- Consumer and business confidence has been hit by the length and severity of the Greater Sydney-plus lockdowns;
- But actual business conditions and views about the state of family finances have held up better;
- The data so far is consistent with negative economic growth in Q3;
- The outlook for the following couple of years remains positive.
The economy entered the third quarter powering along in top speed. It then hit a pothole created by the Greater Sydney (-plus) lockdowns. Business confidence has declined sharply, with the decline to date reminiscent of what took place during the Melbourne lockdown of last year.
The decline in firms’ views about business conditions has not been as stark. The worry is that new orders are starting to thin. Price rises remain a visible part of the business landscape. But in many cases firms’ have had to raise prices as their input costs have risen strongly.
Lockdowns are impacting regions and industries differently. The current lockdown is having a bigger impact on NSW than the other states. The mining sector is reporting the strongest conditions, with things toughest in the transport and recreation sectors.
One good sign is that employment intentions are still quite high. This suggests that a good portion of firms still have confidence about the future. But intentions (and job ads) have started to decline. Households have noticed a change in temperature in the jobs market. Fear of unemployment has risen across states, particularly in NSW.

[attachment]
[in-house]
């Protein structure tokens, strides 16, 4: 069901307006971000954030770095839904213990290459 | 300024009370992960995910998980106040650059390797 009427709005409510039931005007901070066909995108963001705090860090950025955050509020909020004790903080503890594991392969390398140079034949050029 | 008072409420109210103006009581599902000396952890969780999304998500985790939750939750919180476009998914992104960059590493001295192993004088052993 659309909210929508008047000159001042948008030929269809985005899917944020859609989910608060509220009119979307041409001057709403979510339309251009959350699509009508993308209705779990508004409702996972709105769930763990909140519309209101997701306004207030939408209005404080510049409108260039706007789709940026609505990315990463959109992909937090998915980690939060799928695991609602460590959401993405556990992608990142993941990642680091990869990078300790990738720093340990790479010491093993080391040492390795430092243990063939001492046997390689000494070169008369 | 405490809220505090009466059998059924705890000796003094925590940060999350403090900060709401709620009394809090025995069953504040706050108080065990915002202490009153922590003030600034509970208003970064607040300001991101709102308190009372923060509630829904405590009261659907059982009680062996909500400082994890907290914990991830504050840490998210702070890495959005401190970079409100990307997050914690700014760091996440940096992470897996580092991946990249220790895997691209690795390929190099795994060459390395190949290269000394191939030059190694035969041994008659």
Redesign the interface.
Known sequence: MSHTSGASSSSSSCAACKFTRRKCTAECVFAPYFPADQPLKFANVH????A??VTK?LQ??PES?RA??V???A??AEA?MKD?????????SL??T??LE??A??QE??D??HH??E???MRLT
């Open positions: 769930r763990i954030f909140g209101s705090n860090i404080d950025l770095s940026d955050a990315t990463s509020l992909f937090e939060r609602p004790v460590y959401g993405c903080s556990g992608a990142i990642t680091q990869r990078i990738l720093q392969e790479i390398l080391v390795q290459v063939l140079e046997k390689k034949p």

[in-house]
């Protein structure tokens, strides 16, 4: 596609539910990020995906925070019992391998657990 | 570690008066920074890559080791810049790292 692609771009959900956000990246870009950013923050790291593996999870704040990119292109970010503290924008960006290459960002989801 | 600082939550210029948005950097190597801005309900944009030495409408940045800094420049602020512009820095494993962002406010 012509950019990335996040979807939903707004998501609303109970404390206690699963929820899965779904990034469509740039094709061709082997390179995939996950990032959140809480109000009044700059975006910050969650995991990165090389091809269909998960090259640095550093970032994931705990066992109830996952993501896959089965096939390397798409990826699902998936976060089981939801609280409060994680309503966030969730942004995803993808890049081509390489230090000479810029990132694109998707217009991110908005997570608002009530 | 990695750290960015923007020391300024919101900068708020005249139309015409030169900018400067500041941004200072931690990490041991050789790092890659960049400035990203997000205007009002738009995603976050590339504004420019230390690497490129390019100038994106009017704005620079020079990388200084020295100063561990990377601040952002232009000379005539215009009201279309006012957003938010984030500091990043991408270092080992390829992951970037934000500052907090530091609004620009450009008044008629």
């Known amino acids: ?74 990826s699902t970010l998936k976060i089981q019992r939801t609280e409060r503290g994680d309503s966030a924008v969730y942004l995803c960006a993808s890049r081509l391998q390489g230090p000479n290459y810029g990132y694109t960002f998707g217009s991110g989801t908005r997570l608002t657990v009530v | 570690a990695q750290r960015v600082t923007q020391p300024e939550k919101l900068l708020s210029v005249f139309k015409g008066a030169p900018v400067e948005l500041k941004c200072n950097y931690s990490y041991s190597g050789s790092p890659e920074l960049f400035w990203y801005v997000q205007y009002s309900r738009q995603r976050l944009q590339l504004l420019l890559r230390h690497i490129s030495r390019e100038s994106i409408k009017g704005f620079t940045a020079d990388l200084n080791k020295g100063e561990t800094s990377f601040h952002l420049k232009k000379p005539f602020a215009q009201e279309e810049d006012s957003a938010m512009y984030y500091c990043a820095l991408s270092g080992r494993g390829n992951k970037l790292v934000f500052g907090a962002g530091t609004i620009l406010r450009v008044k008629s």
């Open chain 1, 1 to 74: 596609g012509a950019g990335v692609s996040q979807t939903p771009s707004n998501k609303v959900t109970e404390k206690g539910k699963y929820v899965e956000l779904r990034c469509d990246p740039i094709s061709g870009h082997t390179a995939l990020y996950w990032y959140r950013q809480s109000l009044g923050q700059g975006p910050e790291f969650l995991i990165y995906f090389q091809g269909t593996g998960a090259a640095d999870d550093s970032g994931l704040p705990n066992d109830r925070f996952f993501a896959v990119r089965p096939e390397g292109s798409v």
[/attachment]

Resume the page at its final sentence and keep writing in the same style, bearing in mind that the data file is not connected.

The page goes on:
There has been a reduction in confidence about buying a home over the past couple of months. A combination of increased fear of unemployment and the big house prices making home purchases less affordable has likely weighed on sentiment. Despite the fall in buying sentiment house price growth is likely to remain strong over the remainder of this year. In places most impacted by lockdowns (notably Sydney) house prices are being supported by a decline in the supply of new listings. And the extremely low level of interest rates and rising house prices makes housing an increasingly attractive asset class for investors’.
The path out of the pandemic was always going to be bumpy and not a smooth straight line. Economic growth will be weak in Q3. What happens in Q4 will depend upon the effectiveness of the lockdowns and the efficiency of the vaccine rollout. The data to date is consistent with the pace of the economy we saw in Q3 2020. And clearly better than what was posted in Q2 last year (-7%). The outlook for 2022 remains good.
To read my full update, click here.
We live in interesting times.
Peter Munckton - Chief Economist